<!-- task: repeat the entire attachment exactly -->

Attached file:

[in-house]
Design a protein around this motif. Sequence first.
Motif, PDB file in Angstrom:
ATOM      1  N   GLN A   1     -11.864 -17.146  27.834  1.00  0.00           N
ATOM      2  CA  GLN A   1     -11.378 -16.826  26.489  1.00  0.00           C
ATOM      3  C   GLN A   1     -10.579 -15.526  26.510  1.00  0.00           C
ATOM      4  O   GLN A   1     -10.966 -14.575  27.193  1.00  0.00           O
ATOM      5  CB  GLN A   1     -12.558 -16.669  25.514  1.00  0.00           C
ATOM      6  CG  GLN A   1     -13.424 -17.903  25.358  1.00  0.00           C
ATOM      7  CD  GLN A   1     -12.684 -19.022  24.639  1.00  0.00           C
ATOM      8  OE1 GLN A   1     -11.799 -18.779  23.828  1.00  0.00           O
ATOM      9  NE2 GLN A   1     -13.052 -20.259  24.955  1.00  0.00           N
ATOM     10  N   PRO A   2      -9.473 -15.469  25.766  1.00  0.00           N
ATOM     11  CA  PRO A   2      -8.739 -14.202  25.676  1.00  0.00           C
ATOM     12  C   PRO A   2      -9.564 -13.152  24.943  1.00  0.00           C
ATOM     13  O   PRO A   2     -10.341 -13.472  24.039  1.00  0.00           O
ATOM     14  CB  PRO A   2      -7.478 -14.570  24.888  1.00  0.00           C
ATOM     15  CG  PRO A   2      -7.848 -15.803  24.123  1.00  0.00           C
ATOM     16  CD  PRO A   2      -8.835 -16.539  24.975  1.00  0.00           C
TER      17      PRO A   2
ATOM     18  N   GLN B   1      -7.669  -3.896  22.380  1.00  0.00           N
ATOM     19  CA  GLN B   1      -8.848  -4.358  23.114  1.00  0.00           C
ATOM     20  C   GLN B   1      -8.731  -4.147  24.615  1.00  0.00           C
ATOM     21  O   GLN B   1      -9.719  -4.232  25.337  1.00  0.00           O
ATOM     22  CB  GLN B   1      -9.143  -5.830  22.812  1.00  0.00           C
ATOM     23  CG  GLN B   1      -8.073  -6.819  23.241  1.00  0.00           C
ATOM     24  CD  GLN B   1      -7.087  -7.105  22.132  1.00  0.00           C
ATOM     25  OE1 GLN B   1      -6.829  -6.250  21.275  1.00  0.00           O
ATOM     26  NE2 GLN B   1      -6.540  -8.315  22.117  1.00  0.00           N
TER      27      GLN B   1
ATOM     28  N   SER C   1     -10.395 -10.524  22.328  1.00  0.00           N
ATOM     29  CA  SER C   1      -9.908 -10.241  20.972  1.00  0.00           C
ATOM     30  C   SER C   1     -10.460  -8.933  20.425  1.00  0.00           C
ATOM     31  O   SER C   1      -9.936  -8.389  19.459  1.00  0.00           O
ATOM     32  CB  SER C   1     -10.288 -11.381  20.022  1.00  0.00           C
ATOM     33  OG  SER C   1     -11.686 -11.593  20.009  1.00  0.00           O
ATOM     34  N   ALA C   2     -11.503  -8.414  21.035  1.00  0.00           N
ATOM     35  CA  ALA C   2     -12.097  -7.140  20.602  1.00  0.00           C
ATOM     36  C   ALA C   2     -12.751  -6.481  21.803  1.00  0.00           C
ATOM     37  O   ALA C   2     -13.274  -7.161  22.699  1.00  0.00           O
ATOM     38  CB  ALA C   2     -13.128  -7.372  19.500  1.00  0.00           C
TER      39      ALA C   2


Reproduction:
[in-house]
Design a protein around this motif. Sequence first.
Motif, PDB file in Angstrom:
ATOM      1  N   GLN A   1     -11.864 -17.146  27.834  1.00  0.00           N
ATOM      2  CA  GLN A   1     -11.378 -16.826  26.489  1.00  0.00           C
ATOM      3  C   GLN A   1     -10.579 -15.526  26.510  1.00  0.00           C
ATOM      4  O   GLN A   1     -10.966 -14.575  27.193  1.00  0.00           O
ATOM      5  CB  GLN A   1     -12.558 -16.669  25.514  1.00  0.00           C
ATOM      6  CG  GLN A   1     -13.424 -17.903  25.358  1.00  0.00           C
ATOM      7  CD  GLN A   1     -12.684 -19.022  24.639  1.00  0.00           C
ATOM      8  OE1 GLN A   1     -11.799 -18.779  23.828  1.00  0.00           O
ATOM      9  NE2 GLN A   1     -13.052 -20.259  24.955  1.00  0.00           N
ATOM     10  N   PRO A   2      -9.473 -15.469  25.766  1.00  0.00           N
ATOM     11  CA  PRO A   2      -8.739 -14.202  25.676  1.00  0.00           C
ATOM     12  C   PRO A   2      -9.564 -13.152  24.943  1.00  0.00           C
ATOM     13  O   PRO A   2     -10.341 -13.472  24.039  1.00  0.00           O
ATOM     14  CB  PRO A   2      -7.478 -14.570  24.888  1.00  0.00           C
ATOM     15  CG  PRO A   2      -7.848 -15.803  24.123  1.00  0.00           C
ATOM     16  CD  PRO A   2      -8.835 -16.539  24.975  1.00  0.00           C
TER      17      PRO A   2
ATOM     18  N   GLN B   1      -7.669  -3.896  22.380  1.00  0.00           N
ATOM     19  CA  GLN B   1      -8.848  -4.358  23.114  1.00  0.00           C
ATOM     20  C   GLN B   1      -8.731  -4.147  24.615  1.00  0.00           C
ATOM     21  O   GLN B   1      -9.719  -4.232  25.337  1.00  0.00           O
ATOM     22  CB  GLN B   1      -9.143  -5.830  22.812  1.00  0.00           C
ATOM     23  CG  GLN B   1      -8.073  -6.819  23.241  1.00  0.00           C
ATOM     24  CD  GLN B   1      -7.087  -7.105  22.132  1.00  0.00           C
ATOM     25  OE1 GLN B   1      -6.829  -6.250  21.275  1.00  0.00           O
ATOM     26  NE2 GLN B   1      -6.540  -8.315  22.117  1.00  0.00           N
TER      27      GLN B   1
ATOM     28  N   SER C   1     -10.395 -10.524  22.328  1.00  0.00           N
ATOM     29  CA  SER C   1      -9.908 -10.241  20.972  1.00  0.00           C
ATOM     30  C   SER C   1     -10.460  -8.933  20.425  1.00  0.00           C
ATOM     31  O   SER C   1      -9.936  -8.389  19.459  1.00  0.00           O
ATOM     32  CB  SER C   1     -10.288 -11.381  20.022  1.00  0.00           C
ATOM     33  OG  SER C   1     -11.686 -11.593  20.009  1.00  0.00           O
ATOM     34  N   ALA C   2     -11.503  -8.414  21.035  1.00  0.00           N
ATOM     35  CA  ALA C   2     -12.097  -7.140  20.602  1.00  0.00           C
ATOM     36  C   ALA C   2     -12.751  -6.481  21.803  1.00  0.00           C
ATOM     37  O   ALA C   2     -13.274  -7.161  22.699  1.00  0.00           O
ATOM     38  CB  ALA C   2     -13.128  -7.372  19.500  1.00  0.00           C
TER      39      ALA C   2